Your Friendly Neighbor Epidemiologist has come to the masking debate armed with new data, and she’s ready to help health-conscious parents advocate at their schools, school boards and churches.
Emily Smith, assistant professor of epidemiology at Baylor University and a global authority on the spread of infectious disease, has found a new calling during the COVID-19 pandemic as a blogger. Through her website, Friendly Neighbor Epidemiologist, she seeks to span the gap between scientific facts and common people trying to comprehend those facts.
She’s also married to a Baptist pastor, is a mother and is passionate about helping other parents.
Her latest post is addressed specifically to parents who need help advocating for mandatory masking at schools and churches.
“School boards, administrators, church leaders, please heed this data for mandatory masking with Delta,” she wrote at the top of her post, which is filled with data she interprets as well as shows.
The Delta variant of COVID -19 “now accounts for over 98% of new infections in the U.S. due to the new variant being highly transmissible — about 60% more transmissible than the Alpha variant,” she explained.
One way to understand this is to consider what researchers call the reproduction rate, which is expressed as “R0” for short. This is an estimate of how many people can be infected by one person, and for the Delta variant, that number runs between 5 and 9, which is very bad news, Smith said.
She cited an article from the Journal of the American Medical Association to explain: “If a virus with an R0 of 2.5 spreads among a completely susceptible population, an estimated 9,536 infections would result after 10 cycles of transmission. However, for a virus with an R0 of 6, 10 cycles of transmission could result in an estimated 60,466,176 infections.”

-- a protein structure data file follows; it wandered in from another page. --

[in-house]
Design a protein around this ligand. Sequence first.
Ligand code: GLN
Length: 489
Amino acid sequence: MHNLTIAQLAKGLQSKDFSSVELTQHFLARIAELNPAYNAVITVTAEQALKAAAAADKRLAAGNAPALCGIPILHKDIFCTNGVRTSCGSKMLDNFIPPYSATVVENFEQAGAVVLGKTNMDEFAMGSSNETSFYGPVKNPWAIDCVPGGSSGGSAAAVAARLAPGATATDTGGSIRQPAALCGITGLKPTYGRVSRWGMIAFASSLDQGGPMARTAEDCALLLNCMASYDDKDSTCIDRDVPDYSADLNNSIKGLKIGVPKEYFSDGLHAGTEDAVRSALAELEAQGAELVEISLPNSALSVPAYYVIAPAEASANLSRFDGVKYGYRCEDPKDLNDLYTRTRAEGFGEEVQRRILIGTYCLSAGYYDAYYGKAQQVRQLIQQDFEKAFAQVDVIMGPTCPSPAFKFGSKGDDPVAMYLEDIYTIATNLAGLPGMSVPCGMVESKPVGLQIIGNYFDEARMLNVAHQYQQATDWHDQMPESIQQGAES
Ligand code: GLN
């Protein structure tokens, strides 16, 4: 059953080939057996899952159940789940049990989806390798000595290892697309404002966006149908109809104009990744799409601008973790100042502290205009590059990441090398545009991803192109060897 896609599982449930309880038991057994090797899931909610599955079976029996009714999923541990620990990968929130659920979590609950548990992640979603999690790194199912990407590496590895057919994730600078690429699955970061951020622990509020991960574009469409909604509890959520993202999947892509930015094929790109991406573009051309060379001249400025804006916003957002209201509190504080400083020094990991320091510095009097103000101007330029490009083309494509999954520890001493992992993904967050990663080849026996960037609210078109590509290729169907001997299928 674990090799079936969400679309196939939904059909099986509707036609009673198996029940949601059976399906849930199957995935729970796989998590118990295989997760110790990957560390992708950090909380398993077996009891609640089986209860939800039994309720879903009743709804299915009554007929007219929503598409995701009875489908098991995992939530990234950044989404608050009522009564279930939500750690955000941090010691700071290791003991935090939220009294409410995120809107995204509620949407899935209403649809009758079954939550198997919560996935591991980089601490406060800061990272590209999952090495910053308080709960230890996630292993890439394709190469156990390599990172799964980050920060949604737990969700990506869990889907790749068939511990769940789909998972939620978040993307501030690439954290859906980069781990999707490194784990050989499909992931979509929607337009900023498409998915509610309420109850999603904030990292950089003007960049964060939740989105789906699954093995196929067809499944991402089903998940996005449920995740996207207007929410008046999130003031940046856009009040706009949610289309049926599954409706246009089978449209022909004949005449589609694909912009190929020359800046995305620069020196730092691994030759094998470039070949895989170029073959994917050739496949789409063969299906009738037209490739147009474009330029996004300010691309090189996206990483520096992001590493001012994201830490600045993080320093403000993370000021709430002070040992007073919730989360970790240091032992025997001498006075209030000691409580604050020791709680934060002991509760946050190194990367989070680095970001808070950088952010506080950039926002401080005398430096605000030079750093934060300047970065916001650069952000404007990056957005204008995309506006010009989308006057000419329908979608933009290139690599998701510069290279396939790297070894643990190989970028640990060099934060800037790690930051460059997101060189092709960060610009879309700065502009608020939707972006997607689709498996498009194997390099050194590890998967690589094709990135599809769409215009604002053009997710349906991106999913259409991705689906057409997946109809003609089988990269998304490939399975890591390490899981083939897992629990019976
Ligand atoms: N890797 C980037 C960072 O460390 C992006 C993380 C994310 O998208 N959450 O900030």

This, she said, explains “why we are seeing explosions” of sick people in unvaccinated and low vaccinated areas — what the JAMA article calls “completely susceptible” populations.
Such data indicate what Smith calls a “double whammy” for school settings with children younger than 12, who are not yet eligible for vaccination and are not required to wear face masks at school.
“Masking works extremely well to protect our children and communities against Delta — up to 75% reduction in transmission,” she said. “Social distancing alone does not work. You really need high rates of masking to work. Hence, mandatory masking in schools will keep our schools open and children/families/communities healthy.”
“Social distancing alone does not work. You really need high rates of masking to work.”
Further, “masking against Delta helps keeps infection low, squashes outbreaks, and reduces death three- to four-fold.”
She also cited a study in the science journal Nature that illustrates the difference mask wearing makes in fighting the Delta variant: It found a 75% reduction in infection rates with mask wearing.
Her note: “Y’all, that’s a lot of children and families spared the risk of severe infection, long COVID, etc.”
The Nature study also demonstrated that virus outbreaks can be squashed more quickly with even 40% mask wearing but especially with 80% mask wearing.
“Think of why this is important in a school setting,” Smith said. “Rather than risking school closures due to outbreaks, staff being sick, and students being sick in large numbers (we are already seeing this scenario in Florida and Texas), masking can make a big difference in keeping our schools open by reducing the number of infected individuals.”
Further, social distancing without masking does not work against the Delta variant, she reported. The chart at the top of this story illustrates this.
“The big takeaway from this is that social distancing doesn’t make that much of a difference in daily new infections when compared to masking,” Smith said. “This highlights why masking in schools, churches, social settings is so important — social distancing is not enough against Delta.”